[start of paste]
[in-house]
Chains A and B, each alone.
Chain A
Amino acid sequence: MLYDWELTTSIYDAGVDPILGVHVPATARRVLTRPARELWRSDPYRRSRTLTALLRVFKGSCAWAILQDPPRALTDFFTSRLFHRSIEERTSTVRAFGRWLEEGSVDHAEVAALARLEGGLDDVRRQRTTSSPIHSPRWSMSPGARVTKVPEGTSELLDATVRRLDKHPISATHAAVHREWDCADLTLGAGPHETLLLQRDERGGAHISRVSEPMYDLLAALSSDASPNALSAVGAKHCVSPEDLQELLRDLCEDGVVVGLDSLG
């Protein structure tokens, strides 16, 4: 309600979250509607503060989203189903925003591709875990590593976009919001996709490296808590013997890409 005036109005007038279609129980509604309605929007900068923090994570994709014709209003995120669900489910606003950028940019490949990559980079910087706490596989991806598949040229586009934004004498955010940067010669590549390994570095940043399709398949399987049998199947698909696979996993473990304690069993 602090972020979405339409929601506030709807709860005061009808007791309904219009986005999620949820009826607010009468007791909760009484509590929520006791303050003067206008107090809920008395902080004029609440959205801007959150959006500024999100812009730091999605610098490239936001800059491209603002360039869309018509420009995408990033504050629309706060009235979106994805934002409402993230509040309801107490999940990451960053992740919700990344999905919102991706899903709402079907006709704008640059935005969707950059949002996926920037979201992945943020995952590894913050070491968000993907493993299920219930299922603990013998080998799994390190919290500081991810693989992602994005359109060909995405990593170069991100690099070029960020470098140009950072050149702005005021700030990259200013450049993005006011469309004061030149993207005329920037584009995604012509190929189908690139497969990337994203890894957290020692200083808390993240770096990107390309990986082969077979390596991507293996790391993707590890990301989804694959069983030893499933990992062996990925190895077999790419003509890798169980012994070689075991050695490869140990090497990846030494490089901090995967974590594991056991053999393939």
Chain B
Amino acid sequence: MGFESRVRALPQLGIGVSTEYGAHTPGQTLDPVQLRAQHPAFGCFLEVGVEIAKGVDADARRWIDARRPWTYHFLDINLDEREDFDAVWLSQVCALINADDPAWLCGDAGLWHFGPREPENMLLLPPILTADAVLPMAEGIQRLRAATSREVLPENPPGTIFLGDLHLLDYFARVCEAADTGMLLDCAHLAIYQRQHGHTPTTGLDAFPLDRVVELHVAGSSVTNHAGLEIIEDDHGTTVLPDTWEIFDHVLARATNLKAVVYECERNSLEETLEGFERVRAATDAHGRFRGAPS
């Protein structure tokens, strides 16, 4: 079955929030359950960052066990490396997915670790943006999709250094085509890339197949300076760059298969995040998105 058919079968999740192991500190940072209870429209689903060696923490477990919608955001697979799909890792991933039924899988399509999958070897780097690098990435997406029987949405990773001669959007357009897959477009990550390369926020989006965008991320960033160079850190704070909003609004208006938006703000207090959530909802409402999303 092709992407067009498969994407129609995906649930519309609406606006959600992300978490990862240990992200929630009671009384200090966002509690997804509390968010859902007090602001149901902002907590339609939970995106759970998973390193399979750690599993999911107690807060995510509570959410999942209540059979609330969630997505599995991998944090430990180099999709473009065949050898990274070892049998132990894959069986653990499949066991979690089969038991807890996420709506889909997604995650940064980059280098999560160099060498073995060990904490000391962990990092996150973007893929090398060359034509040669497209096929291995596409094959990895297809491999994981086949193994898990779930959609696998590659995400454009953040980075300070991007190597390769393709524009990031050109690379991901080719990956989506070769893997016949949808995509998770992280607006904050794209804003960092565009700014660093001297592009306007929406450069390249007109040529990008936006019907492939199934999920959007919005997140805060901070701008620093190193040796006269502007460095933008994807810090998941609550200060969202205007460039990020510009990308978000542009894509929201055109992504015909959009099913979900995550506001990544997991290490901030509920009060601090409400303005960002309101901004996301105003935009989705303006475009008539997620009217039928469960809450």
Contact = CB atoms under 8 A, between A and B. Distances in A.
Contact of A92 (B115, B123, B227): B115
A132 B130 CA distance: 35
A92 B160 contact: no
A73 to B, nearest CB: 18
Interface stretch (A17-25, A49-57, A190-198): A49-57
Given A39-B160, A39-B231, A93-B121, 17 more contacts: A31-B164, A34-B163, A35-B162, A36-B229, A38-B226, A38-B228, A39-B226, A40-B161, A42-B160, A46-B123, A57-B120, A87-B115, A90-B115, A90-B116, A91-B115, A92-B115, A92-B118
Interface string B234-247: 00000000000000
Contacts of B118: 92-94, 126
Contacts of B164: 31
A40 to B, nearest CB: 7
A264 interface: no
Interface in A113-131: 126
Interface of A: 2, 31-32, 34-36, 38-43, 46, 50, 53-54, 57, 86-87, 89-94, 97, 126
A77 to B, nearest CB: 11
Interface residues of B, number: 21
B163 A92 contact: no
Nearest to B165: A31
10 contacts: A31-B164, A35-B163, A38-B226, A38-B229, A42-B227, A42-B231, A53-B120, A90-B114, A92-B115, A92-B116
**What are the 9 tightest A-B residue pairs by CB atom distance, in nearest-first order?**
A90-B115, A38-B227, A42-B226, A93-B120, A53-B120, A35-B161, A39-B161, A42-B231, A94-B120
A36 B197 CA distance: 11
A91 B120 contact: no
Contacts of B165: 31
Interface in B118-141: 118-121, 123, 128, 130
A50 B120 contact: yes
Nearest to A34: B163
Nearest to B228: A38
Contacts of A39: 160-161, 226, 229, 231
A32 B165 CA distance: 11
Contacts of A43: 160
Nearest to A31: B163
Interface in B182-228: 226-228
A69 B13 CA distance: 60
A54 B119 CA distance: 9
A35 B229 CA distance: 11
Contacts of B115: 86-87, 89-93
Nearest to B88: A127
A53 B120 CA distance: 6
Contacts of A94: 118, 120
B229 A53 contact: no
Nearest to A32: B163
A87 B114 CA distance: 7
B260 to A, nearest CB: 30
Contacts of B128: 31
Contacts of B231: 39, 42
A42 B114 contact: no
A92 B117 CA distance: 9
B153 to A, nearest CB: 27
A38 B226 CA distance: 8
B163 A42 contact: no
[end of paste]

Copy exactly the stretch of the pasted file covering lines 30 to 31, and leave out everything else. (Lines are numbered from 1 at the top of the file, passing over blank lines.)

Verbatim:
A36 B197 CA distance: 11
A91 B120 contact: no